Saturday, June 09, 2018

Believer

I missed the first night of Noir CIty: Boston last night (baseball!), so I'm joking that I made up for it with a little extra crime this morning. It unfortunately isn't quite so great in either direction as the first proper double feature of the day (the fine Murder, My Sweet and the bonkers Strangers in the Night), but it was pretty decent and drew a not-bad crowd for a morning matinee on a beautiful weekend. Hopefully enough of one that AMC will step up the Korean releases in the future, as they've generally been more willing to skip a Korean movie that crosses the Pacific than a Chinese one.

I do have to kind of laugh at the end of this one, though, especially considering how I've treated the epilogue of the film it's based upon, Johnnie To's Drug War, as something of a regular punchline:

SPOILERS!

It's a rule in Mainland Chinese crime films that Crime Does Not Pay, so anybody who commits those crime must face punishment at the end, and Drug War ends with Louis Koo literally being brought into the execution chamber to die by lethal injection, screaming that he knows more and they can make a deal while the one cop who survived the final shootout watches in righteous judgment. It's not entirely tacked-on - the man's fear of the death penalty is what motivated him for much of the movie - but it's a rapid return to law-and-order after an entire movie of fast-moving, improvised chaos. It feels like the sort of script note the Chinese Censor Board would give, and also the sort of exaggerated compliance that mocks it.

This one has the equivalent character escape, only to be tracked down in Norway by the detective. They meet, sit down to talk, and then a drone camera zooms out from the snowy compound, the only noise one gunshot. It's the exact opposite, but in its own way kind of ridiculous, one last bit of gratuitous ambiguity as the cherry on top of a movie that tried to be about people not being what they seem but didn't have anything new to say about it. It feels like imitating a clever thing, especially director Lee Hae-young hasn't really done much to convince us that the cop is anything but focused and the crook anything but ruthless.

/SRELIOPS

So, I may joke about how didactic Drug War is, but I also respect it a bit more - To knows what he's making and delivers the best damn genre movie he can, with interesting commentary and characterization to be dug up on close examination, while Lee seemingly tries to elevate the crime story but doesn't come up with something nearly as clever or thrilling.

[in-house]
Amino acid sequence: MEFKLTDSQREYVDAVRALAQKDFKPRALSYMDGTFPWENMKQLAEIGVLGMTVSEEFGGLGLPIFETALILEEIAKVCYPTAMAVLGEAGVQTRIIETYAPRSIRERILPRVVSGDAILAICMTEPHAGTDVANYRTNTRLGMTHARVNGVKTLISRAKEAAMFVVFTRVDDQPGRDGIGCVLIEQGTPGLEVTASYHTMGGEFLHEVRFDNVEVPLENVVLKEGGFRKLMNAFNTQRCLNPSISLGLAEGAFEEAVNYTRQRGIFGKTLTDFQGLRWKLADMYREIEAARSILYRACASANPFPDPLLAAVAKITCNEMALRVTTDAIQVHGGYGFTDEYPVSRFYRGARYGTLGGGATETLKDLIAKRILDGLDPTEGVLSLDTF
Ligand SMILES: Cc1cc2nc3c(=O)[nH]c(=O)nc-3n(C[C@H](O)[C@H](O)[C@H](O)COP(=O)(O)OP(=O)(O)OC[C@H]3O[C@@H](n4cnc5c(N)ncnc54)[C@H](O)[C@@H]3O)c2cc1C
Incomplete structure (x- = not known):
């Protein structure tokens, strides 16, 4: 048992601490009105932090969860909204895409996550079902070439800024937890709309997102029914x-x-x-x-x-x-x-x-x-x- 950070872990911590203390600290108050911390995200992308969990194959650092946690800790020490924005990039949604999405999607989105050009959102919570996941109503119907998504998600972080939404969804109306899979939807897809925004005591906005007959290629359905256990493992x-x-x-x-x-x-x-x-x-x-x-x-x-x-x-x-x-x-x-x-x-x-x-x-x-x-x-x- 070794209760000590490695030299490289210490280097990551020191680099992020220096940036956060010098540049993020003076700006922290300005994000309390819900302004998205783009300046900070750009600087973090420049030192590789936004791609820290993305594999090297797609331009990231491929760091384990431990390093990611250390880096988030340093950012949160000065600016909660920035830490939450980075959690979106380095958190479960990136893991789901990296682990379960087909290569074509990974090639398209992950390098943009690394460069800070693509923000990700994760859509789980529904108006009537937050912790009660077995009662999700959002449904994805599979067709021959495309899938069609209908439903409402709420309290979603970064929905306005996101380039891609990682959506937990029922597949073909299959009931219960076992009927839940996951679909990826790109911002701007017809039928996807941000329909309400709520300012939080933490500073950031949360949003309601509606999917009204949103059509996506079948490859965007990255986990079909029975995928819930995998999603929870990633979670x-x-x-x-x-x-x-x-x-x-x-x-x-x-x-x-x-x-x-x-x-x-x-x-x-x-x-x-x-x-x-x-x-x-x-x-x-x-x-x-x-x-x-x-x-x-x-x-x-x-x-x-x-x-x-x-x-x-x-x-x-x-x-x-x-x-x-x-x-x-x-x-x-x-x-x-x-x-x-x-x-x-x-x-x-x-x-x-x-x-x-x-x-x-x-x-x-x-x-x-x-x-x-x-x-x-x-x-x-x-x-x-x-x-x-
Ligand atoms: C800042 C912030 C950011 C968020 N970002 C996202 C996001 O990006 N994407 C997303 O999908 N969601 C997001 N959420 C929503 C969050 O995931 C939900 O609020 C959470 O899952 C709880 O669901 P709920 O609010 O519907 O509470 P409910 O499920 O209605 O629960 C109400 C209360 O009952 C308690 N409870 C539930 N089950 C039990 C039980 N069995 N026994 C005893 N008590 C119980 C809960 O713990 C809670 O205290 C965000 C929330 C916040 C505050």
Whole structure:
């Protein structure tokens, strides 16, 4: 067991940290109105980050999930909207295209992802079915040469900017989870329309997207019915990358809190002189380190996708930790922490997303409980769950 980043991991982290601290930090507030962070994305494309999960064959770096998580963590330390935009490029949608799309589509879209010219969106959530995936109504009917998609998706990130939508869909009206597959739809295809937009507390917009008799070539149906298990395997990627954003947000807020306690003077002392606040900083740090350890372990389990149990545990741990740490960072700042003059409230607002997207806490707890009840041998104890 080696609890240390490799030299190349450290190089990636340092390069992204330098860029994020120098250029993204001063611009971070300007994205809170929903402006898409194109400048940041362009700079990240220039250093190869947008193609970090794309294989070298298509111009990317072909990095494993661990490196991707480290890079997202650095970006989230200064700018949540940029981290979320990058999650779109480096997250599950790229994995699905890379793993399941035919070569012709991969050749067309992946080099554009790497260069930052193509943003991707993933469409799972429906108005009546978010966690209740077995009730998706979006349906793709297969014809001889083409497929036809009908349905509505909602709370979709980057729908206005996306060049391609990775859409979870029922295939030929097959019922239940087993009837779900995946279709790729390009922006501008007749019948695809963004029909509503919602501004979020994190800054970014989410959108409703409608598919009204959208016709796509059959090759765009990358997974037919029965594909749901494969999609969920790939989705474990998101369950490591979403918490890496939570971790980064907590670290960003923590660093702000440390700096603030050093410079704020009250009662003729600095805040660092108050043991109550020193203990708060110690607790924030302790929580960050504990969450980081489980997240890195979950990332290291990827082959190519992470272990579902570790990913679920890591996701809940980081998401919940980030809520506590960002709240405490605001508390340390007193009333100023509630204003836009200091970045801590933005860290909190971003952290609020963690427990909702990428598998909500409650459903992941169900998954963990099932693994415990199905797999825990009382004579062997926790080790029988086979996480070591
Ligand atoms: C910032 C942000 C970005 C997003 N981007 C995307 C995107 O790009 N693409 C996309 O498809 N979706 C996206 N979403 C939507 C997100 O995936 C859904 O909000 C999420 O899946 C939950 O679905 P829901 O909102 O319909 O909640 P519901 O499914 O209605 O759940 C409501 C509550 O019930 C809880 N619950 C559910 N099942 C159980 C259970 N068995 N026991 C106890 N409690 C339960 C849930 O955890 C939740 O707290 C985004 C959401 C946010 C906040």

Believer

* * ½ (out of four)
Seen 8 June 2018 in AMC Boston Common #3 (first-run, DCP)

A fair number of people, this guy included, spent a fair amount of time and words a few years back talking about how Johnnie To's Drug War was different from (and, arguably, less than) his Hong Kong crime movies because of the involvement of the Chinese censor board; watching Believer, the new South Korean remake, suggests that maybe it deserved a little more credit for being a heck of a crime movie. This new version has a lot of the same beats and handles some well enough, but Lee Hae-yeong is no match for To.

The story opens with an obsessed cop, Jo Won-ho (Cho Jin-woong), recruiting Cha Soo-jung (Keum Sae-rok), a teenage junkie who has helped him before, to help chase down a lead on the mysterious drug lord known only as "Mister Lee". What she finds doesn't seem to match with anything, but they are soon gifted something much more solid: Oh Yeon-ok (Kim Sung-ryung) arrives late for a meeting of Lee's lieutenants and thus escapes one of his regular purges-by-bomb. Also surviving is Seo Yeong-rak (Ryu Jun-yeol), who lived in that greenhouse turned meth lab, and he presents another opportunity, as he was not expected to be there and thus it would not be unusual for the frequent go-between to keep his appointment to escort Park Sun-chang (Park Hae-joon) to a meeting with Chinese supplier Jin Ha-rim (Kim Joo-hyuk) - and by having "Rak" tell Park that the meeting was delayed, Won-ho can impersonate both parties in turn.

As with the original, that sequence is the centerpiece of this movie, and it's arguably the reason you officially remake Drug War rather than just use the generic bones of it to create something similar: Lots of gang movies feature a cop trying to infiltrate the mob this way, but the immediate turnaround where the filmmakers present the same scene a second time, just with the roles recast, is an audacious move, a test of both Lee Hae-yeong's skill as a director and Cho Jin-woong's as an actor. As the cops execute the mechanics of a heist movie in the background, Lee finds ways to make the seemingly easier second time through more tense than the first, while Cho does impressive work showing us the driven cop trying to portray two different monsters. Explicitly showing your cast acting is a dangerous game; expecting them to do show that fake persona on top of the "real" thing twice in a row without stumbling is pushing it.

Full review on EFC

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